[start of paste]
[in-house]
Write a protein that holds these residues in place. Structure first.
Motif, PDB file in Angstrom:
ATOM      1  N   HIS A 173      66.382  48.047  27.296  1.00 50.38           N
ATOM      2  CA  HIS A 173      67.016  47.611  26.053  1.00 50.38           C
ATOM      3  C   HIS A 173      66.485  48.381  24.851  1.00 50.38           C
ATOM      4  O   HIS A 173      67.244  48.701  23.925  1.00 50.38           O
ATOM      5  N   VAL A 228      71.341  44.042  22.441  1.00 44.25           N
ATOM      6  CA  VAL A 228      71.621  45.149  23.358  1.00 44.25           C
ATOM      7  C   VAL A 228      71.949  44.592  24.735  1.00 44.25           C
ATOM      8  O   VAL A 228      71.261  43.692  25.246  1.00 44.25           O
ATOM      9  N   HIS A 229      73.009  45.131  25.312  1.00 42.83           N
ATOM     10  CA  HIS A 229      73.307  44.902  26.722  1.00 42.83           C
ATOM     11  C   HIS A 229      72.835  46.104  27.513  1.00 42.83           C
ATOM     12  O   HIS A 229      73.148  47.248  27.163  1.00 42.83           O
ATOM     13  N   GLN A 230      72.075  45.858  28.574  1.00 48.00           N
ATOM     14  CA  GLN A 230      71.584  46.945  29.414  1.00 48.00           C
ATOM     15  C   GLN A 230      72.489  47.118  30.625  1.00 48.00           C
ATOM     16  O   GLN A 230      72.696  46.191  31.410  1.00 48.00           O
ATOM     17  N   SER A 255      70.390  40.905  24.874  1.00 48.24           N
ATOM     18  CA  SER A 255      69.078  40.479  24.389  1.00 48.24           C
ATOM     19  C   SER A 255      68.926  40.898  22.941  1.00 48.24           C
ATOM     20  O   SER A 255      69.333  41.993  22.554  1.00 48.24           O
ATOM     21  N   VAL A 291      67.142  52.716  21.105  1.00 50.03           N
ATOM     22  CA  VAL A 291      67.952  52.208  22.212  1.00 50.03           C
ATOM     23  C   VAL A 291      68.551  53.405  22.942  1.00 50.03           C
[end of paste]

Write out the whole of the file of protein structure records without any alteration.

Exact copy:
[in-house]
Write a protein that holds these residues in place. Structure first.
Motif, PDB file in Angstrom:
ATOM      1  N   HIS A 173      66.382  48.047  27.296  1.00 50.38           N
ATOM      2  CA  HIS A 173      67.016  47.611  26.053  1.00 50.38           C
ATOM      3  C   HIS A 173      66.485  48.381  24.851  1.00 50.38           C
ATOM      4  O   HIS A 173      67.244  48.701  23.925  1.00 50.38           O
ATOM      5  N   VAL A 228      71.341  44.042  22.441  1.00 44.25           N
ATOM      6  CA  VAL A 228      71.621  45.149  23.358  1.00 44.25           C
ATOM      7  C   VAL A 228      71.949  44.592  24.735  1.00 44.25           C
ATOM      8  O   VAL A 228      71.261  43.692  25.246  1.00 44.25           O
ATOM      9  N   HIS A 229      73.009  45.131  25.312  1.00 42.83           N
ATOM     10  CA  HIS A 229      73.307  44.902  26.722  1.00 42.83           C
ATOM     11  C   HIS A 229      72.835  46.104  27.513  1.00 42.83           C
ATOM     12  O   HIS A 229      73.148  47.248  27.163  1.00 42.83           O
ATOM     13  N   GLN A 230      72.075  45.858  28.574  1.00 48.00           N
ATOM     14  CA  GLN A 230      71.584  46.945  29.414  1.00 48.00           C
ATOM     15  C   GLN A 230      72.489  47.118  30.625  1.00 48.00           C
ATOM     16  O   GLN A 230      72.696  46.191  31.410  1.00 48.00           O
ATOM     17  N   SER A 255      70.390  40.905  24.874  1.00 48.24           N
ATOM     18  CA  SER A 255      69.078  40.479  24.389  1.00 48.24           C
ATOM     19  C   SER A 255      68.926  40.898  22.941  1.00 48.24           C
ATOM     20  O   SER A 255      69.333  41.993  22.554  1.00 48.24           O
ATOM     21  N   VAL A 291      67.142  52.716  21.105  1.00 50.03           N
ATOM     22  CA  VAL A 291      67.952  52.208  22.212  1.00 50.03           C
ATOM     23  C   VAL A 291      68.551  53.405  22.942  1.00 50.03           C